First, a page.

Former press secretary and first homeland security secretary talk compromise

Media Credit: Keegan Mullen | Hatchet Photographer

Democrat Josh Earnest and Republican Tom Ridge discussed how best to compromise on topics like the border wall and Obamacare.

Democrat and former White House Press Secretary Josh Earnest squared off with Tom Ridge, a republican and the first Secretary of the Department of Homeland Security, at the annual Only at GW debate Sunday.

The debate was moderated by CNN’s Chief Political Correspondent and GW alumna Dana Bash. Earnest and Ridge debated on Obamacare, the proposed border wall and the complicated process for compromise between parties.

Here are some highlights from the event.

1. Working towards compromise

The debate began with the two speakers discussing how the major political parties could work together.

“I don’t think ‘compromise’ should be an attack word,” Ridge said. “The Constitution is a series of compromises and those who put their arms in a warm embrace around the Constitution ‘ought to read it.”

Both Earnest and Ridge went on to discuss how the current political climate came to be. Earnest said he believed it became most noticeable after Obama’s election in 2008.

“We saw Congressional Republicans engage in a specific strategy to put opposition to Barack Obama above all else,” he said.

Ridge, on the other hand, said that the disagreement was the result of concerns over the effectiveness of policies like the stimulus program.

“There was legitimate debate about whether paying people to install windows and weatherization was really the kind of stimulus you needed,” he said.

2. Debating the border wall

The debate then moved to President Donald Trump’s proposed border wall and the threat by the administration to cause a partial shutdown of the government if Congress fails to fund the wall in the next spending bill. Ridge said Trump’s advisers should redirect their focus to other issues of concern more relevant to the average American.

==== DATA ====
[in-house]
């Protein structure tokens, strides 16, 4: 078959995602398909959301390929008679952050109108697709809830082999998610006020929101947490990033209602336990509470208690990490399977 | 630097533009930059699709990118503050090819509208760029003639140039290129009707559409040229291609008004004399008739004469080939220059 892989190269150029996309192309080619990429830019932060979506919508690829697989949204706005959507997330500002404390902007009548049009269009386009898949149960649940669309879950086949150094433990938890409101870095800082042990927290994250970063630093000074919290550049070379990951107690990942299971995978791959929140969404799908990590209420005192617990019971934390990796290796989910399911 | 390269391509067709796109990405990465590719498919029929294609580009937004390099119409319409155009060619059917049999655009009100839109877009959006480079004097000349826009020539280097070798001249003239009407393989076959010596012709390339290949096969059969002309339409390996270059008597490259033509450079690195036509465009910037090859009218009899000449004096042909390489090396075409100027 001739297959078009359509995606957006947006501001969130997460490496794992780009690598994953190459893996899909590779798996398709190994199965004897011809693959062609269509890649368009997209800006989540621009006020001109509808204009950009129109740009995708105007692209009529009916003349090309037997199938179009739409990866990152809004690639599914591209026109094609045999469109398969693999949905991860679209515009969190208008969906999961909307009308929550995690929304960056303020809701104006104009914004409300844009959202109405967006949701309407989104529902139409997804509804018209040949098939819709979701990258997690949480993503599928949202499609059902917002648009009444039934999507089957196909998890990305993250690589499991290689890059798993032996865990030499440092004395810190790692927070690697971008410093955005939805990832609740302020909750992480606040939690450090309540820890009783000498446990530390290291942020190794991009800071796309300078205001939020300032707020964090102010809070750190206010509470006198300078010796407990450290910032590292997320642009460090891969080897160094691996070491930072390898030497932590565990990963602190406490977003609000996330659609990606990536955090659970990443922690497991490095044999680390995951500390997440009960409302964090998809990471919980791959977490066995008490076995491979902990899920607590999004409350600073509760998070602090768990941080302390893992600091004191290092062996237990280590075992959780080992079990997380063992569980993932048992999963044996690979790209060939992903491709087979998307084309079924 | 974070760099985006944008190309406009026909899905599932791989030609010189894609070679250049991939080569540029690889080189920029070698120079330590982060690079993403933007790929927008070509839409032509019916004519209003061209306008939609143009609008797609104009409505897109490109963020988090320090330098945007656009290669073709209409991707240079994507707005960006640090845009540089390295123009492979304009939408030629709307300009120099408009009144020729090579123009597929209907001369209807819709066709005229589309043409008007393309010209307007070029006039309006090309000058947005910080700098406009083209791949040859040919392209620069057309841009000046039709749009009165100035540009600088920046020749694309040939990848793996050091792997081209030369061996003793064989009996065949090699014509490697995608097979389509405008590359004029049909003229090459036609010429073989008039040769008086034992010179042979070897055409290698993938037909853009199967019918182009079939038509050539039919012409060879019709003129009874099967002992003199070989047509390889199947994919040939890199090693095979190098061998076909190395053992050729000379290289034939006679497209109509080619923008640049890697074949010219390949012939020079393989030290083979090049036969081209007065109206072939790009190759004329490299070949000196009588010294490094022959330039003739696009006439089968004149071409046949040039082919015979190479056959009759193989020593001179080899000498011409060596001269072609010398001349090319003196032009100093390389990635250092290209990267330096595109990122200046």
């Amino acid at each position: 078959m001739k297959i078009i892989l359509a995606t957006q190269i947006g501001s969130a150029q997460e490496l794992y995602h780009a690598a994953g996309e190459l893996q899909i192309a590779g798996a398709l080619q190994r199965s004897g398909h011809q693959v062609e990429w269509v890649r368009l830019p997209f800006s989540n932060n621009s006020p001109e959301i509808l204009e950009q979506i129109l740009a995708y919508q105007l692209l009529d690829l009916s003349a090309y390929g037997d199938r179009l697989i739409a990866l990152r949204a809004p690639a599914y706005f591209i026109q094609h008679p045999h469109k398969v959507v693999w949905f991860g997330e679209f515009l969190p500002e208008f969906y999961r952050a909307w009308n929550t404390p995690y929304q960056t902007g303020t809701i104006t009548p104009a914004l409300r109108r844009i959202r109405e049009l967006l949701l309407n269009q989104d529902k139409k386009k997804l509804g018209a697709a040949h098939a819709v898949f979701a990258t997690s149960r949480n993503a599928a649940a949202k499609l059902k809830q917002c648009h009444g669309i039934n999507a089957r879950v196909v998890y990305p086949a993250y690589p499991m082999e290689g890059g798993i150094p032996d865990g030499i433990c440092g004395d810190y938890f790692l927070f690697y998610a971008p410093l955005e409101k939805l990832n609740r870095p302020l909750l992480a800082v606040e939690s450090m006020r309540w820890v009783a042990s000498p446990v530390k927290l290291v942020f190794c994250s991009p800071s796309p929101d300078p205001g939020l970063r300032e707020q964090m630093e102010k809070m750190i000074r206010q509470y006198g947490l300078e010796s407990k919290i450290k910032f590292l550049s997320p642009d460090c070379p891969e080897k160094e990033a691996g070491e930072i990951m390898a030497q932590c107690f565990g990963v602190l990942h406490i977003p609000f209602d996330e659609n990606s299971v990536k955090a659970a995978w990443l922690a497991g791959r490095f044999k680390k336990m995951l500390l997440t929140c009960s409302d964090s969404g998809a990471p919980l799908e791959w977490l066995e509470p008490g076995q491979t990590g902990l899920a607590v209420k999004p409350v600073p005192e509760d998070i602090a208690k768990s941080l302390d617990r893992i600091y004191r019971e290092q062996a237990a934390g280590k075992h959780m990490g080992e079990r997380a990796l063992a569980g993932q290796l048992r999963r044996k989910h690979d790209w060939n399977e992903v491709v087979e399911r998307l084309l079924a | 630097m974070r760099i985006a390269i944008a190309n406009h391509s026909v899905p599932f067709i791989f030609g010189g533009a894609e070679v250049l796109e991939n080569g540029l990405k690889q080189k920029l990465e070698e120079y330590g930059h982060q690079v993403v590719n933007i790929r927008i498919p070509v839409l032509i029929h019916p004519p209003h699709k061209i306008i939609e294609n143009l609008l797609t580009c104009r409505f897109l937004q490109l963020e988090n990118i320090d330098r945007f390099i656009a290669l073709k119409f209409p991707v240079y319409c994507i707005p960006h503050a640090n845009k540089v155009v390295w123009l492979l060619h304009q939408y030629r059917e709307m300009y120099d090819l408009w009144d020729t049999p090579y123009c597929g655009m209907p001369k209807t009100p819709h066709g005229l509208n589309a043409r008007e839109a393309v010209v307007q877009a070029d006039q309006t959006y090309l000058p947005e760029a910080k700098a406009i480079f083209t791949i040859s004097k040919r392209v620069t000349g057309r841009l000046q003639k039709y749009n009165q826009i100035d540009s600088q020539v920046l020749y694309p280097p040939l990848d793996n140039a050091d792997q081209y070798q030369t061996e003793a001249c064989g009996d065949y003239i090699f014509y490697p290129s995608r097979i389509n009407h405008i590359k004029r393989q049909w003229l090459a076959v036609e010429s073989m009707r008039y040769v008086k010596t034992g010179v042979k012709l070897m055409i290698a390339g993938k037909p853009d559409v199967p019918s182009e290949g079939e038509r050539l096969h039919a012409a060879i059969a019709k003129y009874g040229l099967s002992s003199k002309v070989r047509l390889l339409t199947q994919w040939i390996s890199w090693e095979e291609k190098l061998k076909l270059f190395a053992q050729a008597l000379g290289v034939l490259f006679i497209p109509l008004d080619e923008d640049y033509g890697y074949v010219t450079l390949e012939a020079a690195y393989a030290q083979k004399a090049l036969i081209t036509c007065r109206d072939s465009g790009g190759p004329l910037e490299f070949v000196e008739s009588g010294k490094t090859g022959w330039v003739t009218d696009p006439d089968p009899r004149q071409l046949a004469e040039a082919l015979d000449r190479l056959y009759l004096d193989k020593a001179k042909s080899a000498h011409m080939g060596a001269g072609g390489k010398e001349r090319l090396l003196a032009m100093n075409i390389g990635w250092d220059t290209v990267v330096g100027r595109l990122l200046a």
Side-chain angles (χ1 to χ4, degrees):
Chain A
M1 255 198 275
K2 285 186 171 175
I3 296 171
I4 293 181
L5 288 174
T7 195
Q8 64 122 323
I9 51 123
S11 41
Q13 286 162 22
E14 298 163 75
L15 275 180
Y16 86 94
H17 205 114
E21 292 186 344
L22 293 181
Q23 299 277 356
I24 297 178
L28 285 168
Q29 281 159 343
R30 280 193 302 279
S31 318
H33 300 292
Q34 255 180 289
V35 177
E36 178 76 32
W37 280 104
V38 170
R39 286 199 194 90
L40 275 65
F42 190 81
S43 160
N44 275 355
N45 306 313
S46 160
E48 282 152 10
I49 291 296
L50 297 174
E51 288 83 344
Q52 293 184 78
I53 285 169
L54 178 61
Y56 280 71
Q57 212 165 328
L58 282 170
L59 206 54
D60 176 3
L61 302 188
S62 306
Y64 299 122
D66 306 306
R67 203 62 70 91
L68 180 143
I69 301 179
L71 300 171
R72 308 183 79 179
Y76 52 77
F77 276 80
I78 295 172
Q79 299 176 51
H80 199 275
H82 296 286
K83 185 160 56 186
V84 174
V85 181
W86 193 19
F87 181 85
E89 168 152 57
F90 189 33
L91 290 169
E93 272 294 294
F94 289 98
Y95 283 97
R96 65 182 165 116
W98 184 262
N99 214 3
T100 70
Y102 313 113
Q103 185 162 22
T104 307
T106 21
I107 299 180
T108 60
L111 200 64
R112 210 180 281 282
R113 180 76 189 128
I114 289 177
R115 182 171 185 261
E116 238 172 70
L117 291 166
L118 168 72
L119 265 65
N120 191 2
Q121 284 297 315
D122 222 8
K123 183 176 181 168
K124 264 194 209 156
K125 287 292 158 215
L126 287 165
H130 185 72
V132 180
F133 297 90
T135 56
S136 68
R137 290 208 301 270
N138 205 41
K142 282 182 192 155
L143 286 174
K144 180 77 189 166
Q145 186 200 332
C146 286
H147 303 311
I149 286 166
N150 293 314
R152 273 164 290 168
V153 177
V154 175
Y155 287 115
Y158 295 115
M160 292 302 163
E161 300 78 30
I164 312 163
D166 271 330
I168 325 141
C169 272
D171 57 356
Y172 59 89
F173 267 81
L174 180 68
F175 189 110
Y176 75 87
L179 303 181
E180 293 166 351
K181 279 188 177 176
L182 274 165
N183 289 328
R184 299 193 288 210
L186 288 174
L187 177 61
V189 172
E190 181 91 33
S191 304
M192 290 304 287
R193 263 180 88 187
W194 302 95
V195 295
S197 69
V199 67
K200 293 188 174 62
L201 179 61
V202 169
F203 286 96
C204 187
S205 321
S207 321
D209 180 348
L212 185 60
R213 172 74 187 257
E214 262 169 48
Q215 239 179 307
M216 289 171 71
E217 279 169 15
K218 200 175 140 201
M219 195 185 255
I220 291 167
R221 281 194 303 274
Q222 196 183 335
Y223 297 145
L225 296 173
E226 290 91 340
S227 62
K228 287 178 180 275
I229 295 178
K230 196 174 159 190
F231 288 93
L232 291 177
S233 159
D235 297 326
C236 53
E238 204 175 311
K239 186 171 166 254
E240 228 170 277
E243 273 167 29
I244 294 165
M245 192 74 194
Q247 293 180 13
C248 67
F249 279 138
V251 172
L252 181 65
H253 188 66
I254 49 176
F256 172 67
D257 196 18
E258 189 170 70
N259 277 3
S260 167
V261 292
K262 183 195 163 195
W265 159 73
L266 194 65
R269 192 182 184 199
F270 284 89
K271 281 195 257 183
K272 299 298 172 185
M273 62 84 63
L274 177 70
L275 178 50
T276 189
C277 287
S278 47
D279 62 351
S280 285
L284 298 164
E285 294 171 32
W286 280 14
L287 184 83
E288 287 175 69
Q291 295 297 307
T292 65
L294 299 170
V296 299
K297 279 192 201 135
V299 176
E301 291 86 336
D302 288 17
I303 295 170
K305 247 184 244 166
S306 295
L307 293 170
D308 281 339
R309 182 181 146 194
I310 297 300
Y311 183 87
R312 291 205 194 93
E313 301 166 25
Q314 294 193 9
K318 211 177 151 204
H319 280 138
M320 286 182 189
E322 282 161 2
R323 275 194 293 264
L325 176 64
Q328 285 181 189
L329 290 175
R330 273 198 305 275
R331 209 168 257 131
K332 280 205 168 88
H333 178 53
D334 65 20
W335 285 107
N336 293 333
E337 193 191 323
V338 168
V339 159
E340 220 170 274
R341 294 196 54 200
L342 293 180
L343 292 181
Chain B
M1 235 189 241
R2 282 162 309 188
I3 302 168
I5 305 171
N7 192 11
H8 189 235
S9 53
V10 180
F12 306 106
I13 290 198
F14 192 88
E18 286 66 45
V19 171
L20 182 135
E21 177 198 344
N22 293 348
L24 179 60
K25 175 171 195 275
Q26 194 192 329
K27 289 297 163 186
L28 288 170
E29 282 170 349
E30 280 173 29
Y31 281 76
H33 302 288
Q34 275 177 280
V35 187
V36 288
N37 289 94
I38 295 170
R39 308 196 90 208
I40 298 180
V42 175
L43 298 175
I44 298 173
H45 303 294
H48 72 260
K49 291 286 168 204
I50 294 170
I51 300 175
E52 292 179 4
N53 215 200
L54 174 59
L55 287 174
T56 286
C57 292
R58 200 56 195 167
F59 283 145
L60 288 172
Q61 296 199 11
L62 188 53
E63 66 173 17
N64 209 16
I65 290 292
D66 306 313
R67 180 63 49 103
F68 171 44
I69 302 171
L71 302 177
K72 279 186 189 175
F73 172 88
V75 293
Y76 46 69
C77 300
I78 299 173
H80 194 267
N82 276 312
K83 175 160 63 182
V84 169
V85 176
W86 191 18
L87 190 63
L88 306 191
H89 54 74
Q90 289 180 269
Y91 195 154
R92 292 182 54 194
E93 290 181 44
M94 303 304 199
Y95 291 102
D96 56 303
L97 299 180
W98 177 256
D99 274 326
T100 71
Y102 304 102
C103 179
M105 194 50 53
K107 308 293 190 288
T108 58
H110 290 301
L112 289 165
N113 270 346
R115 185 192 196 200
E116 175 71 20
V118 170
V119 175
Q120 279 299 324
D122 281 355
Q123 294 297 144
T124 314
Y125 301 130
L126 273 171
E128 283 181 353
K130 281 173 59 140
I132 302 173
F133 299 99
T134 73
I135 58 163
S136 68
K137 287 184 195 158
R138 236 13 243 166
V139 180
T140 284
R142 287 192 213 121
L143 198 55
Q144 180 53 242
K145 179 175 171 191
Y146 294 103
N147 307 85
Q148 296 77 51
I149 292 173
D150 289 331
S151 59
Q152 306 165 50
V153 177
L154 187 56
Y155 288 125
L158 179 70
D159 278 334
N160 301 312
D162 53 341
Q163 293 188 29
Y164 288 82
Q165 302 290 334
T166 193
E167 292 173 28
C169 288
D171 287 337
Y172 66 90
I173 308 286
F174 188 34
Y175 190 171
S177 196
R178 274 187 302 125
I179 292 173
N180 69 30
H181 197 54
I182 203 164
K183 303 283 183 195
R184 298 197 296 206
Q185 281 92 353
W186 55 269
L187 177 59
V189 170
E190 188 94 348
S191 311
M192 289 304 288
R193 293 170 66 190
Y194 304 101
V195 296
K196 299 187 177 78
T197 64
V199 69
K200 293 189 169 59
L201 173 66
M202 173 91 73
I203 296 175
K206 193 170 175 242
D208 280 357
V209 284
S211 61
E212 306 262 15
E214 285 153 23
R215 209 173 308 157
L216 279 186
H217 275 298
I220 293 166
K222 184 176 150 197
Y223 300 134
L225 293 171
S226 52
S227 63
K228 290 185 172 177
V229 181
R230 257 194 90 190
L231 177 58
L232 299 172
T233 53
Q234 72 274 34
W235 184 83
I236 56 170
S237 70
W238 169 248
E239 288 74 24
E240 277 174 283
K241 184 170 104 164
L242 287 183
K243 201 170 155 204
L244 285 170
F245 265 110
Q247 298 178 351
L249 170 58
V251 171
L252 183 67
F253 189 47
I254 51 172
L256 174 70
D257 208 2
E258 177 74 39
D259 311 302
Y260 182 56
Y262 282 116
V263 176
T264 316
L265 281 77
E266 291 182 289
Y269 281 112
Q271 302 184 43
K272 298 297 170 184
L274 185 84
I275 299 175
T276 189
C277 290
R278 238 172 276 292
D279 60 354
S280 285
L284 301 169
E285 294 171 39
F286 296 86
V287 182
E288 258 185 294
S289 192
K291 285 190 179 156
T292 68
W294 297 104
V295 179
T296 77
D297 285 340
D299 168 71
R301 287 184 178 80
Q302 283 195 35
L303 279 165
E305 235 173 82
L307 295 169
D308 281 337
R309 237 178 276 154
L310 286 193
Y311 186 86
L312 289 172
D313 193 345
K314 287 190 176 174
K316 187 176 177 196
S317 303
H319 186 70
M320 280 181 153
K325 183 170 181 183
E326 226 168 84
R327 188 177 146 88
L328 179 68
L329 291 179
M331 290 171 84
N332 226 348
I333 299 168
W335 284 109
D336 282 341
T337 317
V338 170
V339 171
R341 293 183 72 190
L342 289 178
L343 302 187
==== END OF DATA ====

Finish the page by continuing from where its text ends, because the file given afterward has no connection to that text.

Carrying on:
“Mr. President, you want to do Obamacare this week, you want to do taxes this week,” Ridge said. “Let’s not get it all torn asunder by focusing one this one small item, important to you, but not so much for the average American and for the government to keep functioning.”

Earnest said the fact that Trump demanded the federal government help fund the wall hurt his argument.

“I feel like I would be particularly challenged to make an argument that made sense to shut down the government over funding for a wall that I had spent the last two years saying that somebody else was going to pay for,” Earnest said.

3. Defending Obamacare

The conversation then moved to Obamacare and the political figures discussed its effectiveness. Although Ridge said that Republican leadership failed to provide an alternative to the bill, Earnest defended it.

Earnest said that Obamacare reflected the free market ethos that Republicans value.

“Obamacare is actually centered on a Republican idea,” Earnest said. “This idea of free markets, competition and fostering that kind of competition to drive down prices to benefit the consumer.”

Freshman Emma Young said that the debate was a good break from the combative discourse of the past few months.

“It was certainly a relief to not see them arguing the whole time,” she said.

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